From the Charlotte Observer's Editorial Board:
Charlotte-Mecklenburg police provided some numbers to cheer last week: a 7.8 percent drop in the number of crimes in the city from Jan. 1 to Sept. 30, compared to 2010. Property crime fell 8.2 percent in that period, and violent crime 4.8 percent, and those numbers continue a significant decline in the number of crimes - 23 percent - in the past three years in Charlotte.
How did the city get there? Certainly, CMPD deserves applause for its police work, but criminologists warn that the underlying reasons for crime drops are complex and varied. Charlotte's numbers, in fact, mirror national drops in property and violent crimes, both short and long term.
The number of violent crimes in the United States fell 5.5 percent last year to the lowest rate in nearly four decades, according to FBI reports, perplexing experts who expected crime to rise during a period of economic hardship. Violent and property crime also have experienced long-term, sustained declines across the country, with violent crimes dropping steadily in the 1990s after a spike the decade before.
Criminologists offer several possible reasons for the declines, UNC Charlotte professor of criminal justice and criminology professor Robert Brame told the editorial board last week. Many cities increased the size of their police forces in the 1990s, Brame said, and a strong economy may have pulled criminals from the dangerous crack cocaine business into legitimate jobs.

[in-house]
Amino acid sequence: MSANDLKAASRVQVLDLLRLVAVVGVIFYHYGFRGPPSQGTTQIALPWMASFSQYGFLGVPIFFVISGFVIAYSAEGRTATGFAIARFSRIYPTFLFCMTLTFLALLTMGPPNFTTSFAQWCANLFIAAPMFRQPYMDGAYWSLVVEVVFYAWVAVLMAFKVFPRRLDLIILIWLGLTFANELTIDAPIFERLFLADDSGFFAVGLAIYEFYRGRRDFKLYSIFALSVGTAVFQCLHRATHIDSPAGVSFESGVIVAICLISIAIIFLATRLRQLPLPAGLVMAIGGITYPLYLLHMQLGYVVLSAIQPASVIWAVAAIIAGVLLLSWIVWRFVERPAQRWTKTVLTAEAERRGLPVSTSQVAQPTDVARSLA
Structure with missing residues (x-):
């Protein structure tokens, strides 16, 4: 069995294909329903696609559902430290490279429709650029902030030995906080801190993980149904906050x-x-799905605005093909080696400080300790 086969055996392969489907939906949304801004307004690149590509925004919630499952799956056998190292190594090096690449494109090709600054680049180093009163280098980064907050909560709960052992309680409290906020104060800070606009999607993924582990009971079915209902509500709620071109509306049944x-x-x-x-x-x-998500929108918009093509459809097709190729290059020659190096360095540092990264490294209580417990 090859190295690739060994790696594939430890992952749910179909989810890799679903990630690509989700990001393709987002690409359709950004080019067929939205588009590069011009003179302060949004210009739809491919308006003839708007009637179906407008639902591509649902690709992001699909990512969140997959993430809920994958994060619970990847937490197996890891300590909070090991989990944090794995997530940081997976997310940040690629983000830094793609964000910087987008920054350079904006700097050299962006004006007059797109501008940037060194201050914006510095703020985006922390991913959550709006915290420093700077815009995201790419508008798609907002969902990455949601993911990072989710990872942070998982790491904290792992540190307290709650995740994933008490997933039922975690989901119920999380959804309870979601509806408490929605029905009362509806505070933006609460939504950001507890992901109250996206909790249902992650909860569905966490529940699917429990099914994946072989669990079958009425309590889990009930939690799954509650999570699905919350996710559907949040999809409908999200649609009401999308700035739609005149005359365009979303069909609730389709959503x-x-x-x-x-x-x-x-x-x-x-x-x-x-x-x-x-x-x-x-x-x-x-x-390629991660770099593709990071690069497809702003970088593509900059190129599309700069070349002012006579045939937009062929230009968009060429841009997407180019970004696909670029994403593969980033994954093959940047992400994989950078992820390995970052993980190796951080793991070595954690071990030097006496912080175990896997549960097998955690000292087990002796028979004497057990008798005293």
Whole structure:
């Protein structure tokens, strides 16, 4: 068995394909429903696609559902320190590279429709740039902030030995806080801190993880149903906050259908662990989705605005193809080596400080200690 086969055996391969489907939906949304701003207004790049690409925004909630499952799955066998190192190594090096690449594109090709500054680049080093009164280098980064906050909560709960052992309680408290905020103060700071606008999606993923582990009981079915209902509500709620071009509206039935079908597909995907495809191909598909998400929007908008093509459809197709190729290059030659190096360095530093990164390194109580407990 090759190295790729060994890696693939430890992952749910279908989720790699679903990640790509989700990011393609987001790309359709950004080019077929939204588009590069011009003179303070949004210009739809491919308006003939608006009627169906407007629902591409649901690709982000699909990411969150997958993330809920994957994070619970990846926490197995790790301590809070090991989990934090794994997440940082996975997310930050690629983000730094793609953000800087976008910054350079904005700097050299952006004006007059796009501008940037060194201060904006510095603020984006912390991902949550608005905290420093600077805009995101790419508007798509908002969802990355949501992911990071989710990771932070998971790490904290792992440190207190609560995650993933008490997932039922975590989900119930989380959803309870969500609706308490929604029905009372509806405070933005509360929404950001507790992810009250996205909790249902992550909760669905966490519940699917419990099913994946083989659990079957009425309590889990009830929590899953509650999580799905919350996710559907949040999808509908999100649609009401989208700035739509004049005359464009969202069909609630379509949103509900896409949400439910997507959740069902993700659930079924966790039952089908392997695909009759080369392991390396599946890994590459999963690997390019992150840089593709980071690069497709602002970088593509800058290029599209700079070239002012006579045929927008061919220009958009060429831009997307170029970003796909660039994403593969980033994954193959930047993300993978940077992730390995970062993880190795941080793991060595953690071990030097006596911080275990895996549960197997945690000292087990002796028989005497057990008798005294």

Another factor: A large increase in the prison population, thanks to states widening the number of offenses that could lead to imprisonment.
Brame cautions, however, that crime numbers don't tell the complete story in cities. A U.S. Justice Department study showed about half of violent crimes and 60 percent of property crimes went unreported in 2009. Those numbers can vary from city to city - and neighborhood to neighborhood - based on factors that include confidence in police and an increase in Latinos, who historically are reluctant to report crimes.
But Brame also says that research affirms what common sense tells us - that more police on the street should lead to less crime. Credit for that in Charlotte goes to the City Council, which in 2006 voted to raise taxes, a third of which put 70 additional police officers on the street, and to CMPD for reassigning officers from specialty units to patrols.
CMPD also has put a priority on repeat offenders and vigorously increased its neighborhood policing efforts. The results of the latter move were illustrated in an Observer story last week that detailed how CMPD has successfully rid a North Davidson intersection of prostitutes and drugs.
CMPD Chief Rodney Monroe has had a sometimes bumpy tenure since he began in 2008. That includes a slow response to an uptown melee this summer, along with an officer, Marcus Jackson, being convicted of sexually assaulting six women after department screening didn't seem to produce red flags that might have prevented him from being hired.
But last week, good numbers arrived. Monroe and CMPD should be applauded for their role.